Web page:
Whether you use regional or AD-specific subnets, each load balancer requires one private IP address from its host subnet. The Load Balancing service supplies a floating public IP address to the primary load balancer. The floating public IP address does not come from your backend subnets.
If your region includes only one availability domain, the service requires just one subnet, either regional or AD-specific, to host both the primary and standby load balancers. The primary and standby load balancers each requires a private IP address from the host subnet, in addition to the assigned floating public IP address. If an availability domain outage occurs, the load balancer has no failover.
You cannot specify a private subnet for your public load balancer.
Private Load Balancers
To isolate your load balancer from the internet and simplify your security posture, you can create a private load balancer. The Load Balancing service assigns it a private IP address that serves as the entry point for incoming traffic.
When you create a private load balancer, the service requires only one subnet to host both the primary and standby load balancers. The load balancer can be regional or AD-specific, depending on the scope of the host subnet. The load balancer is accessible only from within the VCN that contains the host subnet, or as further restricted by your security rules.
The assigned floating private IP address is local to the host subnet. The primary and standby load balancers each requires an extra private IP address from the host subnet.
If an availability domain outage occurs, a private load balancer created in a regional subnet within a multi-AD region provides failover capability. A private load balancer created in an AD-specific subnet, or in a regional subnet within a single availability domain region, has no failover capability in response to an availability domain outage.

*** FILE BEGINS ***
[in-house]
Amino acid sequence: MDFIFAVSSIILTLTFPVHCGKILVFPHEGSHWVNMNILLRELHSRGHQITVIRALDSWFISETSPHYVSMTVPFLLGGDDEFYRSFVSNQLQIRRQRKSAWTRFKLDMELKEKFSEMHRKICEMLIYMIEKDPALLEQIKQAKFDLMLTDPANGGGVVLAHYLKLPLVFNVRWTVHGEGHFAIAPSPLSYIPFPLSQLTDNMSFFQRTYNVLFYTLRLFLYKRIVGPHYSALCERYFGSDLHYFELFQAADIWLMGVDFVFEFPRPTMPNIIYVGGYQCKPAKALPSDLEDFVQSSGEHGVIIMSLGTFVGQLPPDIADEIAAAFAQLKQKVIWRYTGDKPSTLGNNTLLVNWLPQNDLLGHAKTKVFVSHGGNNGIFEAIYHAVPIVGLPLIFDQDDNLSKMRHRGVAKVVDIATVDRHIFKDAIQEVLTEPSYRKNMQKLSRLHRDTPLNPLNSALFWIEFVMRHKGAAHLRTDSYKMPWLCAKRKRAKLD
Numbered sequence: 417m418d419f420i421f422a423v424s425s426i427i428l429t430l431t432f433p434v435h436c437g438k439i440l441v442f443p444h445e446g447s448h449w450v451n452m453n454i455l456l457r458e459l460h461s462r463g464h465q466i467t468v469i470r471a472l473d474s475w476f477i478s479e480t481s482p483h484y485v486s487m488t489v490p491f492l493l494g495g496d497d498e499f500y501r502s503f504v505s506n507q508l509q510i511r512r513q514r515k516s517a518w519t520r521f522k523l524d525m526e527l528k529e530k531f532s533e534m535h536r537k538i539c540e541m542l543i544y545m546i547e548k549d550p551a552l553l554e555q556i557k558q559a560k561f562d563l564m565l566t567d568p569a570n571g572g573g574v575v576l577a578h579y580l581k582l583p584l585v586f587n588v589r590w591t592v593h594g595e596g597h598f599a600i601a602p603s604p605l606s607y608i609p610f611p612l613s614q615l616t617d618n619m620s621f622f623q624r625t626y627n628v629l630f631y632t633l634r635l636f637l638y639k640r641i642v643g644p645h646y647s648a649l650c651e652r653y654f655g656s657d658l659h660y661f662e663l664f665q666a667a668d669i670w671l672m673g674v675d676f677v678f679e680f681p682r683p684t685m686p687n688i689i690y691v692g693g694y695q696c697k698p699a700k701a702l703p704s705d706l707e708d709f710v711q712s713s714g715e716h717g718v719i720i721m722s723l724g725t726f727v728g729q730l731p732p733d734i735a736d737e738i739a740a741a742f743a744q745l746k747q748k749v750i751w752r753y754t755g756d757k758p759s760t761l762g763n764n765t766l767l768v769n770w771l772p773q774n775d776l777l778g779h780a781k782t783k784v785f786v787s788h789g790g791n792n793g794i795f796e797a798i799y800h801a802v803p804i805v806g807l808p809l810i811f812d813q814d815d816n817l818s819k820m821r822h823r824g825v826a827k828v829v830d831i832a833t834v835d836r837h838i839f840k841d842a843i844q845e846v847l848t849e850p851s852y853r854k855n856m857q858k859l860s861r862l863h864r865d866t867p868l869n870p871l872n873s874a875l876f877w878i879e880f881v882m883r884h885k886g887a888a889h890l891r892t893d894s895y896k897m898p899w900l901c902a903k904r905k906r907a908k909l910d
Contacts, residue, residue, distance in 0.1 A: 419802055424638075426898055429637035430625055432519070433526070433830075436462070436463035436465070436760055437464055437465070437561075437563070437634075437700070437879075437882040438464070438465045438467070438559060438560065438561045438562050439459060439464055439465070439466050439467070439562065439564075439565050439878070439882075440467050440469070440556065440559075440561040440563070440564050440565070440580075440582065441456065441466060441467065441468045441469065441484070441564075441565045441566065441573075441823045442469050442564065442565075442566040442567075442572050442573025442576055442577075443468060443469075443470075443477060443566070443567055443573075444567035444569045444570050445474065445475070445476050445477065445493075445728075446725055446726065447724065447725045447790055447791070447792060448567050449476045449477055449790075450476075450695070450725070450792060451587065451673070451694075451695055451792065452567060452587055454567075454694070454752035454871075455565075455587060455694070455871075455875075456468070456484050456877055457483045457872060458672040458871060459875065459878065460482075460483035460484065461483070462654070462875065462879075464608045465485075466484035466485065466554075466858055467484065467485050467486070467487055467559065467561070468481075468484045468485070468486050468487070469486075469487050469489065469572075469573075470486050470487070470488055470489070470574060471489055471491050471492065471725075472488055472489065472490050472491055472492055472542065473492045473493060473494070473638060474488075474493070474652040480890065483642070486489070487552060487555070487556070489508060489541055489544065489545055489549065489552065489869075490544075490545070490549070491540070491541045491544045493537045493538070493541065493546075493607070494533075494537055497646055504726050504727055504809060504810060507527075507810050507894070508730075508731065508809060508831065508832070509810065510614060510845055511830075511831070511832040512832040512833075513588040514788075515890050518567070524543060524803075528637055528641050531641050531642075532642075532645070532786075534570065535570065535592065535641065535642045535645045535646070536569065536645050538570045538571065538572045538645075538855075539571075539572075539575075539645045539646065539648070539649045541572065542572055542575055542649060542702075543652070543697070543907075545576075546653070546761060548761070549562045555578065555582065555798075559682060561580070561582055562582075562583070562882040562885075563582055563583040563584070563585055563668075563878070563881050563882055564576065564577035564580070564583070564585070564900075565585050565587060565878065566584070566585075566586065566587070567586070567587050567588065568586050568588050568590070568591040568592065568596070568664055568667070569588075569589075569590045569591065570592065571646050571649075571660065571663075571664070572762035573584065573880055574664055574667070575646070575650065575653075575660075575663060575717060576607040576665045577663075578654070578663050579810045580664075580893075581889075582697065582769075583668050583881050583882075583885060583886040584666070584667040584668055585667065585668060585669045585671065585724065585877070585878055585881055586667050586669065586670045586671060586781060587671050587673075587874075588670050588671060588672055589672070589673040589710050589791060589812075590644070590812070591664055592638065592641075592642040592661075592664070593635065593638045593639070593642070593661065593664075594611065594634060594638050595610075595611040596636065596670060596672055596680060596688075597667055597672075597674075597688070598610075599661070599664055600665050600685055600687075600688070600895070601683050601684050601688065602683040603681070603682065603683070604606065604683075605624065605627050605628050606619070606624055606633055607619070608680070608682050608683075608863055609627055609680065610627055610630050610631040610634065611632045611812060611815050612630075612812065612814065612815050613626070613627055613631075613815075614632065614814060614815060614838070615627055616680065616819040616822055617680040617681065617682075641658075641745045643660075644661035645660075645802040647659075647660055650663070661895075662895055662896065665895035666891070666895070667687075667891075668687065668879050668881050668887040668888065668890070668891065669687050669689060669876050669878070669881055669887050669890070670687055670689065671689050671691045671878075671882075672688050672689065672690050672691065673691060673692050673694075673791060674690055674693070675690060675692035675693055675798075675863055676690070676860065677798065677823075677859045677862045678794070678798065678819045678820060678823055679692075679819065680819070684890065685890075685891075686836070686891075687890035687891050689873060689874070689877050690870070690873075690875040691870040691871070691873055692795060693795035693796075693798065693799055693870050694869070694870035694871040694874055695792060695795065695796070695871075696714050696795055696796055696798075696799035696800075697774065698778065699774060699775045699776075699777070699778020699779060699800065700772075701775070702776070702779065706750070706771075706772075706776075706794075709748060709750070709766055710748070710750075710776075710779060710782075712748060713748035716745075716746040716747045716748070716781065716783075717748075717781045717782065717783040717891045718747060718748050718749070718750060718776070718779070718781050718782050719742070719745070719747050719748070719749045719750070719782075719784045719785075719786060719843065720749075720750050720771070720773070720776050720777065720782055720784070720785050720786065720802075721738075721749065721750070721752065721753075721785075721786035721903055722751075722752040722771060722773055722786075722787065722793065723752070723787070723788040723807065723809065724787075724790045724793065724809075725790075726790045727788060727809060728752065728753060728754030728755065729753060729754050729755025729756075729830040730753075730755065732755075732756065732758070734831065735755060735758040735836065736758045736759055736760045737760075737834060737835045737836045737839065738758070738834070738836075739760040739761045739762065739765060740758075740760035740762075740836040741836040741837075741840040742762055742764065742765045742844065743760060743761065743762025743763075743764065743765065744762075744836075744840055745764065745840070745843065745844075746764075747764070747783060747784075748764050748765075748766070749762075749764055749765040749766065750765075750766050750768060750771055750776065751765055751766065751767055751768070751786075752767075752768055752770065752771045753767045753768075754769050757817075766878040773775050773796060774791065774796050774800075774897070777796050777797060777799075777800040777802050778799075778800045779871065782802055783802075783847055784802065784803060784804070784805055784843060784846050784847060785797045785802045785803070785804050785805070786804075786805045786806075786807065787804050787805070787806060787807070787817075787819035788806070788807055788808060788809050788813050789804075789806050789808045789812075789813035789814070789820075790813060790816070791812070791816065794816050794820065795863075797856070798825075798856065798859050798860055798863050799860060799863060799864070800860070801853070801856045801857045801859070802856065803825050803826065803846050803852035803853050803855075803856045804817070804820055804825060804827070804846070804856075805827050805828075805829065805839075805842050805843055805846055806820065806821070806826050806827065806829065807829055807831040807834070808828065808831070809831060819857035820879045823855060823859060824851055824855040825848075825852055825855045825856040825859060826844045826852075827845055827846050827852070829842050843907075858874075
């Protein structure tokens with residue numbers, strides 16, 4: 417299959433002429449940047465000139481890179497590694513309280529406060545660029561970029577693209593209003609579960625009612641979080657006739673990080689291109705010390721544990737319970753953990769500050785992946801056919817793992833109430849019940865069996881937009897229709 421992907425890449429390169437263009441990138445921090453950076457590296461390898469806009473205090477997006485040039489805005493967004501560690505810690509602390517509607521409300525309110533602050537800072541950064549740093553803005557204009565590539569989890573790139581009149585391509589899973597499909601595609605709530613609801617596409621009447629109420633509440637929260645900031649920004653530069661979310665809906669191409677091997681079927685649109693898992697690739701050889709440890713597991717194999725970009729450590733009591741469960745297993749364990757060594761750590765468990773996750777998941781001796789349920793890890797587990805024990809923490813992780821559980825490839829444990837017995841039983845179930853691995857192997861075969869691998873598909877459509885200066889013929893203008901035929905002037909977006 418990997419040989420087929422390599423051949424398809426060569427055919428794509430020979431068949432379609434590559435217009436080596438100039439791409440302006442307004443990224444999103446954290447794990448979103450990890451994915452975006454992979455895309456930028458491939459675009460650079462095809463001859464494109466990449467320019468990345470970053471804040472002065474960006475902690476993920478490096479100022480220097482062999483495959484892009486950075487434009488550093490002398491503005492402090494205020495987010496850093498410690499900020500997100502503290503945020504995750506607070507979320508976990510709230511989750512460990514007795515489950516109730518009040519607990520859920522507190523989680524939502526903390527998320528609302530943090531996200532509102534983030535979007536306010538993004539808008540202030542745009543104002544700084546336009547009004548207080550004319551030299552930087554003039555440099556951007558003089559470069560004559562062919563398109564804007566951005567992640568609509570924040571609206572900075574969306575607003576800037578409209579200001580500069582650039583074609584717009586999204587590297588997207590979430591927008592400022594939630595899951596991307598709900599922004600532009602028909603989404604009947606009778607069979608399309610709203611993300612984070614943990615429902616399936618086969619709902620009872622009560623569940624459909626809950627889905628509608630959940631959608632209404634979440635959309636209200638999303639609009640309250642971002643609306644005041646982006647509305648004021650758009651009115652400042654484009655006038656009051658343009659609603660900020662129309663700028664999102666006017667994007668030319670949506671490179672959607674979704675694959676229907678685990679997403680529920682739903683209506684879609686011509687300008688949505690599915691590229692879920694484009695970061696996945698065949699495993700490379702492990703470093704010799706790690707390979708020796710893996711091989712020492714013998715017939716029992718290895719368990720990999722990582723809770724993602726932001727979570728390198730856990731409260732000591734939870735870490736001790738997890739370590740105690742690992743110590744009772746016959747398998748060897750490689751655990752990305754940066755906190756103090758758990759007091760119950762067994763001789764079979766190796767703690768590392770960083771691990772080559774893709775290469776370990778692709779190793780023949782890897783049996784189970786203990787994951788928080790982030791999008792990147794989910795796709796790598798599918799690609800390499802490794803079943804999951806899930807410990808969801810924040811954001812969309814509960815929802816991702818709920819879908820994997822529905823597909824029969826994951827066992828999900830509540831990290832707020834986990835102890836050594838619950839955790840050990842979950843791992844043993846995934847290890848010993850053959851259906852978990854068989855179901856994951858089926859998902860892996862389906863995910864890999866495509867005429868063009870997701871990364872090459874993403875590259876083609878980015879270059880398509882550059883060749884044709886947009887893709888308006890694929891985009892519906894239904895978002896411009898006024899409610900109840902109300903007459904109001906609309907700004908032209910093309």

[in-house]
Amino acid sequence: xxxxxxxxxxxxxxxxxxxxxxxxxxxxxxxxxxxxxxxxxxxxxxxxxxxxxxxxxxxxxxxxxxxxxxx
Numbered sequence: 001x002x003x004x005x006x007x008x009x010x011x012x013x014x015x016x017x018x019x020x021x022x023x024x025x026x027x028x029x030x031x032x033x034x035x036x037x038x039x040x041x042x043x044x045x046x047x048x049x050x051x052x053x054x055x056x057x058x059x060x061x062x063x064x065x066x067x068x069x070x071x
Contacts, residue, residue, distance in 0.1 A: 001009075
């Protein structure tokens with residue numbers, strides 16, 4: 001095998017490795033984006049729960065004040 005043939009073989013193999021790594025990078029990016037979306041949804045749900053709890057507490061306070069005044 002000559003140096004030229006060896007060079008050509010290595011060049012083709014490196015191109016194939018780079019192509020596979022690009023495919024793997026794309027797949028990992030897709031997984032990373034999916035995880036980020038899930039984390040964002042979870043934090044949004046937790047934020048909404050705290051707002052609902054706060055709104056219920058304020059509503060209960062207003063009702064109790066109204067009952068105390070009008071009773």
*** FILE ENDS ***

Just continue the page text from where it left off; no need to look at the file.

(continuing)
All Load Balancers
Your load balancer has a backend set to route incoming traffic to your compute instances. The backend set is a logical entity that includes:
A list of backend servers.
A load balancing policy.
A health check policy.
Optional SSL handling.
Optional session persistence configuration.
The backend servers (compute instances) associated with a backend set can exist anywhere, as long as the associated network security groups (NSGs), security lists, and route tables allow the intended traffic flow.
If your VCN uses network security groups (NSGs), you can associate your load balancer with an NSG. An NSG has a set of security rules that controls allowed types of inbound and outbound traffic. The rules apply only to the resources in the group. Contrast NSGs with a security list, where the rules apply to all the resources in any subnet that uses the list. For more information about NSGs, see Network Security Groups.